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            A collection mostly held together by the idea of “new work,” this group of original papers gives a vivid snapshot of philosophical concerns and approaches at the time of its publication and contains a number of papers that remain important contributions to ontology or closely related issues.

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            Reference Works

            There are several short encyclopedia, guide, and handbook entries that characterize the main themes of this subfield, identify its central questions, and sketch mainstream answers to these questions. While these overlap considerably in their treatment of central material, each has a distinctive strength or focus. Davies 2003 is particularly interested in distinguishing among kinds of repeatability instead of taking it to be a single phenomenon. Thomasson 2004 is distinguished by an emphasis on semantic constrains on viable ontological accounts. Rohrbaugh 2013 reflects an increasing interest in methodological issues in this area. Irwin 2014 is the most recent and focuses on puzzles presented by contemporary visual works. Caplan and Matheson 2011 is briefer and more directly focused on the ontology of music. Dodd 2008 gives a fine sense of why one would hold the orthodox view and be unsatisfied with newer alternatives. Livingston 2013 approaches art ontology as a historical issue, reaching back much further than contemporary debates.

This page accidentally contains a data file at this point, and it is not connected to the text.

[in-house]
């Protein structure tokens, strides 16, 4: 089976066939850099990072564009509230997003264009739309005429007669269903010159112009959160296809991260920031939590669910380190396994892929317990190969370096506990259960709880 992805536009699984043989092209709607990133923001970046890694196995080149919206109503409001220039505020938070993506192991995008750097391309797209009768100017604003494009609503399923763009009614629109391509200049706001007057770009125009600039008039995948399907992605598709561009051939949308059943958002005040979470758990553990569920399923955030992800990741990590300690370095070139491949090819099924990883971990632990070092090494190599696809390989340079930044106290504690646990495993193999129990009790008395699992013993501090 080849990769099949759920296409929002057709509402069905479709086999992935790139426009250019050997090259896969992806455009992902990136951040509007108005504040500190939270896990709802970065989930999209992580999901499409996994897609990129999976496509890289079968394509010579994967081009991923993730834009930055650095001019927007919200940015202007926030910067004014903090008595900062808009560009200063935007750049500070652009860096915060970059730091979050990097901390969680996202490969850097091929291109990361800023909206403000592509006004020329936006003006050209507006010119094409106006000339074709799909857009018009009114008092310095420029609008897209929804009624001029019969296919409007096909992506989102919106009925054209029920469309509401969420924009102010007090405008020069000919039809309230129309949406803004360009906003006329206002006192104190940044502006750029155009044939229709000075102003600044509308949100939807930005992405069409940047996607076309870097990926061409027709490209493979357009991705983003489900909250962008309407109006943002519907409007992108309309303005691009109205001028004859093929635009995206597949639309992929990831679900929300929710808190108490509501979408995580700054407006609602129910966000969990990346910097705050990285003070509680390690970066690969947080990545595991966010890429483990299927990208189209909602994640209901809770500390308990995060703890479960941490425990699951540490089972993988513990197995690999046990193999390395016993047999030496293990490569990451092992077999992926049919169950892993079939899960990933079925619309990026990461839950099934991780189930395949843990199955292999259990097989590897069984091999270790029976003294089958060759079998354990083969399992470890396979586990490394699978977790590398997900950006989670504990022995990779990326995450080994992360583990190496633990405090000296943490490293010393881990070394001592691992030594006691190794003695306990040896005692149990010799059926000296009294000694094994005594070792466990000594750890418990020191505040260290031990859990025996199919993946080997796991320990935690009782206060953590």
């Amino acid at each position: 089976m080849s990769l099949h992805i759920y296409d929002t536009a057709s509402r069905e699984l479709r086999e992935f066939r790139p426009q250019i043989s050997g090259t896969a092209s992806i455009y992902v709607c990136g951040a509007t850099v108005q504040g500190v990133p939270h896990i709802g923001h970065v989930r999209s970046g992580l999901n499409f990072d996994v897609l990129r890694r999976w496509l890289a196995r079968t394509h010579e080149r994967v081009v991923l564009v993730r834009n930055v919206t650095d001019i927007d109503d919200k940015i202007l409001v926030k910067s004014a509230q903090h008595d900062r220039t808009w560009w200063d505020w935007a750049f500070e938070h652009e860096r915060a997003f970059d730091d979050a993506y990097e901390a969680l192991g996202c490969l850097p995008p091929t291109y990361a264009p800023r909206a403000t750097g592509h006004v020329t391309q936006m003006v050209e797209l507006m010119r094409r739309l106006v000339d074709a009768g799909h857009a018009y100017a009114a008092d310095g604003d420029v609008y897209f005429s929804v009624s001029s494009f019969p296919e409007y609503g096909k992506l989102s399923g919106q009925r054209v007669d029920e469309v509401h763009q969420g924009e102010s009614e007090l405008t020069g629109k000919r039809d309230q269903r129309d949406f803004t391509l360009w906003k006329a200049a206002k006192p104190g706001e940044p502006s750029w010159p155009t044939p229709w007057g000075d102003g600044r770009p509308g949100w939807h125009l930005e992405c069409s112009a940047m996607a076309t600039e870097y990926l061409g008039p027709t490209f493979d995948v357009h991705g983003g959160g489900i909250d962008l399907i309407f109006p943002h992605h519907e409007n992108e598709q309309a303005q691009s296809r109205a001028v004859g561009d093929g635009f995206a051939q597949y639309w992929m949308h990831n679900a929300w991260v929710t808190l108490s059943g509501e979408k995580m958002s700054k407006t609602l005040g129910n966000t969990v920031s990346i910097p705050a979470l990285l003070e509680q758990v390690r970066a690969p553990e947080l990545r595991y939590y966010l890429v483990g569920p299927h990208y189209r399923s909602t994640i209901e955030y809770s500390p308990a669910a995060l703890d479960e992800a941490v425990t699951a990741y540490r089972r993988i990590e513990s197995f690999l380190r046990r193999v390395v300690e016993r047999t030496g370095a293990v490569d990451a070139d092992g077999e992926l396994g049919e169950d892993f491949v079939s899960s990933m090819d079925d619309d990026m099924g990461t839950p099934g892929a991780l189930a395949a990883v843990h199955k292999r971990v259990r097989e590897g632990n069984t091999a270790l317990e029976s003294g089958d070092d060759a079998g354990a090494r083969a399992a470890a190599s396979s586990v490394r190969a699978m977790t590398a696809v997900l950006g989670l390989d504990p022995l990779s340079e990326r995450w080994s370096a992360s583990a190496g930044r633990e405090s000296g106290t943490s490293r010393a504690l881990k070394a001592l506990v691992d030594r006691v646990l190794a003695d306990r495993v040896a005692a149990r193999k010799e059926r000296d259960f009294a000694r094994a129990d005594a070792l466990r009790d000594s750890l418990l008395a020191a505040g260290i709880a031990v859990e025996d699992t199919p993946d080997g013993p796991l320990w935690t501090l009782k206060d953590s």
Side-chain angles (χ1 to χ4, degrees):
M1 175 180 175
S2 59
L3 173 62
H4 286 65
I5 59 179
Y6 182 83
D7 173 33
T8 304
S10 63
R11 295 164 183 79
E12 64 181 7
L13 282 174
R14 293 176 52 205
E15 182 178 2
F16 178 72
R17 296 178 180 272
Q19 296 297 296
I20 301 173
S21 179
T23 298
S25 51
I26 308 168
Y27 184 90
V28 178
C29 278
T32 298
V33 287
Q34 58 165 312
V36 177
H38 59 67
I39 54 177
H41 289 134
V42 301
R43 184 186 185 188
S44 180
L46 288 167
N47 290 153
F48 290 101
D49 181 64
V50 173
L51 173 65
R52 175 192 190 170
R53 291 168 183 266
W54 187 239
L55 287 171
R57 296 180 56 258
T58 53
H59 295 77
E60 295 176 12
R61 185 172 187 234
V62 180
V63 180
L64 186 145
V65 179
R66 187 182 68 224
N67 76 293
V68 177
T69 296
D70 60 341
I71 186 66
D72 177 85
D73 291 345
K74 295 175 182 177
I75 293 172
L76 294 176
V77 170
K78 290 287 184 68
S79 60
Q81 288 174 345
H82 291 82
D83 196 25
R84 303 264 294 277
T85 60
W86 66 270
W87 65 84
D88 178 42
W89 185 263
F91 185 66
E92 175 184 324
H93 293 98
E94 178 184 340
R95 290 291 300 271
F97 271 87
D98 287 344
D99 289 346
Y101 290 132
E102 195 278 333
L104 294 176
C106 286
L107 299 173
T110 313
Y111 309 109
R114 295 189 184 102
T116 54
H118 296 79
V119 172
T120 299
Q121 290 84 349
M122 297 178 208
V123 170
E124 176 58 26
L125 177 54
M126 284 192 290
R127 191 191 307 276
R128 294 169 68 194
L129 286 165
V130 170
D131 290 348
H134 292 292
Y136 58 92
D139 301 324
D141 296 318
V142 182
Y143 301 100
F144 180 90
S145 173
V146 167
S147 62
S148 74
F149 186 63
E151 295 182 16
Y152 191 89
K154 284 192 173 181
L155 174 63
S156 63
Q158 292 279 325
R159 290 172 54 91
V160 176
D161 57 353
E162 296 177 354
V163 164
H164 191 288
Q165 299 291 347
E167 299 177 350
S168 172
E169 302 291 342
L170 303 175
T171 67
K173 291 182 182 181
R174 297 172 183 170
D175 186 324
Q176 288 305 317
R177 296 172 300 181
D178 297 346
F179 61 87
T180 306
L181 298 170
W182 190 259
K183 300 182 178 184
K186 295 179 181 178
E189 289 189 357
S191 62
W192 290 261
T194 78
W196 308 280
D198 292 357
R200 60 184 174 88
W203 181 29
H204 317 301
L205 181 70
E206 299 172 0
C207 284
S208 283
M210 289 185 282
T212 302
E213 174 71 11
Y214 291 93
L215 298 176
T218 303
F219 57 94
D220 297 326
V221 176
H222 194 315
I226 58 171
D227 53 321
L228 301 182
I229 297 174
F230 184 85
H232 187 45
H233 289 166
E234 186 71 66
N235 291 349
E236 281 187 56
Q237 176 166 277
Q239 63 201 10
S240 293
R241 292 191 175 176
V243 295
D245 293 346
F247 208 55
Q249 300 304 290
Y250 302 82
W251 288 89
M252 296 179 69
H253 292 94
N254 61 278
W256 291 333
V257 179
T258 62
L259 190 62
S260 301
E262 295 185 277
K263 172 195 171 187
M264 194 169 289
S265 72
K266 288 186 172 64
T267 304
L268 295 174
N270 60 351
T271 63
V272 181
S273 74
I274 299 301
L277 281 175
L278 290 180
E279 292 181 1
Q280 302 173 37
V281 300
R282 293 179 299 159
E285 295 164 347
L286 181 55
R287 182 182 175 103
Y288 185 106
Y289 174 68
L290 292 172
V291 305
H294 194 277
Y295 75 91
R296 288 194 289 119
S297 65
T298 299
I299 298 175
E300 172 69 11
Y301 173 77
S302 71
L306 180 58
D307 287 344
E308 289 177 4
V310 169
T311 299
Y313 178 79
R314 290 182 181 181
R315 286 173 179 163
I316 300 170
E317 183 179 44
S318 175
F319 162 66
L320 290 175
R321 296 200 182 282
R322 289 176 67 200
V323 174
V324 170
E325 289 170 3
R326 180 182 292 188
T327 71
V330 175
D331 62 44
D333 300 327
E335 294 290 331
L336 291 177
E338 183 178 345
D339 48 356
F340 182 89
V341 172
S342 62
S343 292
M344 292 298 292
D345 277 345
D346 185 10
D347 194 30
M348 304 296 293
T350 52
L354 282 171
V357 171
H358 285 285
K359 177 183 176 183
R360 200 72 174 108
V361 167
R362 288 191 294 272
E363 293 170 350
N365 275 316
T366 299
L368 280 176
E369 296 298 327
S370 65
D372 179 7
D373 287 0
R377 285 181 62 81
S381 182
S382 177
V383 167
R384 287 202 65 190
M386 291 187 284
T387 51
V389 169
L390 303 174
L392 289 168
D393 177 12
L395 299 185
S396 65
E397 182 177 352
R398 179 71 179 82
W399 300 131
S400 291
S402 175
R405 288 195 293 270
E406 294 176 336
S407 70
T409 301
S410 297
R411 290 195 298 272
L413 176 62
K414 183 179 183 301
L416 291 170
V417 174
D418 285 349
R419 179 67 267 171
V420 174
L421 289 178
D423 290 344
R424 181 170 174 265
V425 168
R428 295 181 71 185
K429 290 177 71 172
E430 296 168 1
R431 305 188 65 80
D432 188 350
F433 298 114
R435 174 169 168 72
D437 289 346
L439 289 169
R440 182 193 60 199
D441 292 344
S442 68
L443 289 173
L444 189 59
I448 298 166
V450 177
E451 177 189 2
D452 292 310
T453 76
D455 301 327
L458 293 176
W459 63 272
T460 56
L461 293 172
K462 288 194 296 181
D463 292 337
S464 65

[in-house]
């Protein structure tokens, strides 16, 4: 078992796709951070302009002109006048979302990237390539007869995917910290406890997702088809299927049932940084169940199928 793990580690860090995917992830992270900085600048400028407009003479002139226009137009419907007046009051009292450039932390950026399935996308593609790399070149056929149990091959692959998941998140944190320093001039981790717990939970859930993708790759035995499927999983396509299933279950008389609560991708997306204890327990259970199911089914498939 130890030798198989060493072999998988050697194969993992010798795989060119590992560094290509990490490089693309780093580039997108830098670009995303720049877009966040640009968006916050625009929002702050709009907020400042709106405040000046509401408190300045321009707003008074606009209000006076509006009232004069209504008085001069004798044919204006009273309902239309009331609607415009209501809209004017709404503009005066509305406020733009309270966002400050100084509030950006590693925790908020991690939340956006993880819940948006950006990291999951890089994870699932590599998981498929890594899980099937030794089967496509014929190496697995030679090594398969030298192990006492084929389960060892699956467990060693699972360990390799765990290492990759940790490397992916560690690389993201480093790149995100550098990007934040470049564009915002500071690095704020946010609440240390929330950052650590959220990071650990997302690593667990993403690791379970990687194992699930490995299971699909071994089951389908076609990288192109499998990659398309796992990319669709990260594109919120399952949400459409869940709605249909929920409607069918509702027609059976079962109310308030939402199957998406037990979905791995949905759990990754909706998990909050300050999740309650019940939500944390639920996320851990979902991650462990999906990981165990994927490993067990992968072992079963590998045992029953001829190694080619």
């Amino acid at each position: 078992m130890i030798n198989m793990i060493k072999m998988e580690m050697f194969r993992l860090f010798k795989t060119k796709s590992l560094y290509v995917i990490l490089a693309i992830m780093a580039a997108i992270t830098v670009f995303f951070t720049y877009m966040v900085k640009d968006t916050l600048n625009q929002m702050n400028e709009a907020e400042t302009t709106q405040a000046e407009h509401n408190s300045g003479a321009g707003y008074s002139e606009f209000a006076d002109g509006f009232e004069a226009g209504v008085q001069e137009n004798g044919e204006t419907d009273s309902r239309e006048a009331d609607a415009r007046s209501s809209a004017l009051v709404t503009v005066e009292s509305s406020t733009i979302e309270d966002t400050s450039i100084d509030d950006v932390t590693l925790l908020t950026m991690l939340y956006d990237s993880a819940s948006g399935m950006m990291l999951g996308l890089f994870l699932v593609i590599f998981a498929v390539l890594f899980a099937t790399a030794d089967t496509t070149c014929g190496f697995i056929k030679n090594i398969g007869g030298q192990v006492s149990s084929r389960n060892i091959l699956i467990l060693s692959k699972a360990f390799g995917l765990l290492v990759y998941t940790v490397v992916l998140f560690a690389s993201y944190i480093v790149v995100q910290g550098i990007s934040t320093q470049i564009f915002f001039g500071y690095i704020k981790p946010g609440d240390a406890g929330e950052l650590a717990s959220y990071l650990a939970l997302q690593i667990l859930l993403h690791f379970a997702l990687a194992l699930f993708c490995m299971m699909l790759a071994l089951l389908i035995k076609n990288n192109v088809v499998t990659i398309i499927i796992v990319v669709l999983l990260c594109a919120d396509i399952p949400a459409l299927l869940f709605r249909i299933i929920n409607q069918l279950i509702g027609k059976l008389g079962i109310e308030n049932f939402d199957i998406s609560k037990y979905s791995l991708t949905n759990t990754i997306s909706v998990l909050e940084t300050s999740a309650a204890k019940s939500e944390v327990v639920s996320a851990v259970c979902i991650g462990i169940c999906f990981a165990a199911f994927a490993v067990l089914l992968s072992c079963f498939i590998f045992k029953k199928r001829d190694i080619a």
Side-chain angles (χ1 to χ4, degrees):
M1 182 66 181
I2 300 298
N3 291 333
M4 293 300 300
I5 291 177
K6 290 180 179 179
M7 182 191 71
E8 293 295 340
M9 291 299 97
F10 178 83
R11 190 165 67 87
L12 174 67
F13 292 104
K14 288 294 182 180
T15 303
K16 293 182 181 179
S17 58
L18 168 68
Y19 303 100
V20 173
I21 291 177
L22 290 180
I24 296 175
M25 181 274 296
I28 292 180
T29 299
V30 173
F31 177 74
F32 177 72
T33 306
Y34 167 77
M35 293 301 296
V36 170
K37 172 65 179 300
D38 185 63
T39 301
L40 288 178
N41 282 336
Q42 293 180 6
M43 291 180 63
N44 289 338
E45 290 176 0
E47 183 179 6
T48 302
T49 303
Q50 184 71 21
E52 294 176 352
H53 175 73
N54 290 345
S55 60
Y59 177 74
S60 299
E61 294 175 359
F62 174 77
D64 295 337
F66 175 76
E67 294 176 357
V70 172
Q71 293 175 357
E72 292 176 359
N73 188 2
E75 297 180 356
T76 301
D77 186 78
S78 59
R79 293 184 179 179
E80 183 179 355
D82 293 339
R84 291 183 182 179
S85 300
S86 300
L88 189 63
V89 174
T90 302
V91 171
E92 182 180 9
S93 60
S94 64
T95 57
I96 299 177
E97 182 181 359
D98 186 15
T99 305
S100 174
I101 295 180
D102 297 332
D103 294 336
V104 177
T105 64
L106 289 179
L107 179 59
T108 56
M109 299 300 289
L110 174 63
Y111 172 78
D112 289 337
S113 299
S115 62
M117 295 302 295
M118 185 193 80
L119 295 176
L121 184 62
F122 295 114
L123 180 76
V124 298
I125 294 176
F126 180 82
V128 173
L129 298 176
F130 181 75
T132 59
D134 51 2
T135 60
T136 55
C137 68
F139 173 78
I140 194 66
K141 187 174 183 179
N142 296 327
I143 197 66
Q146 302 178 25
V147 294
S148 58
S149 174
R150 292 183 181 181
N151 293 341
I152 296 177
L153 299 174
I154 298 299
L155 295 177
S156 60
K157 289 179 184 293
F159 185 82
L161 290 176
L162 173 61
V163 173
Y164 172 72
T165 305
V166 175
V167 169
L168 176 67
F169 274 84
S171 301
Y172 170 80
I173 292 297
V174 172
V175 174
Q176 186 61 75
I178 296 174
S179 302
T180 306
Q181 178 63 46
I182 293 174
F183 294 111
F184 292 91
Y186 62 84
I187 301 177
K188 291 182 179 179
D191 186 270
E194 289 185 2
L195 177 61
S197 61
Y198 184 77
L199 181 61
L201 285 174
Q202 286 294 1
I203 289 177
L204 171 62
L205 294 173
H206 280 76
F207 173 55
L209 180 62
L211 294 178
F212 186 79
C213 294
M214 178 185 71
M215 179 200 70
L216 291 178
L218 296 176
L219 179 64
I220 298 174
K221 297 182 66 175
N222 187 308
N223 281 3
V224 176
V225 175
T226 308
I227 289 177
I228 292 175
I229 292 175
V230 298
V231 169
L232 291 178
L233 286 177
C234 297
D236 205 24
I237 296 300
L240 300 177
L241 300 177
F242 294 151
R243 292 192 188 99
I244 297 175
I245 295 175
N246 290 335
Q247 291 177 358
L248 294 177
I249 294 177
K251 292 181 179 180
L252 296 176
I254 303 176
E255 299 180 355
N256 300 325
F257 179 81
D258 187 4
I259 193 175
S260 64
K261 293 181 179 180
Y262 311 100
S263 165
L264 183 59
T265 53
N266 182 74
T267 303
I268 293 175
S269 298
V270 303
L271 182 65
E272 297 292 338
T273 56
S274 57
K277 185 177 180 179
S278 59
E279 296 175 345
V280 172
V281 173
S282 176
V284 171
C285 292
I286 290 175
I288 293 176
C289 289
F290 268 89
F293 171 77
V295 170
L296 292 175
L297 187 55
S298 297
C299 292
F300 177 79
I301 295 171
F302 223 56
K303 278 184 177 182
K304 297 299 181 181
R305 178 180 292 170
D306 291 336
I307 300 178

• Caplan, Ben, and Carl Matheson. “Ontology.” In The Routledge Companion to Philosophy and Music. Edited by Theodore Gracyk and Andrew Kania, 38–47. London: Routledge, 2011.

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              Specifically addresses musical ontology, this brief overview is organized by issue rather than by position, with a helpful section on meta-ontological issues.

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              • Davies, Stephen. “Ontology of Art.” In The Oxford Handbook of Aesthetics. Edited by Jerrold Levinson, 155–180. Oxford: Oxford University Press, 2003.

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                Goes beyond the basic distinction between singular and multiple works to posit three kinds of “multiplicity” and differentiate between “works for performance” and works intended for appreciation in distinct manners. A concern with the nature of authenticity is central to the presentation.

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                • Dodd, Julian. “Musical Works: Ontology and Meta-Ontology.” Philosophy Compass 6 (2008): 1113–1134.

                  DOI: 10.1111/j.1747-9991.2008.00173.xSave Citation »Export Citation »E-mail Citation »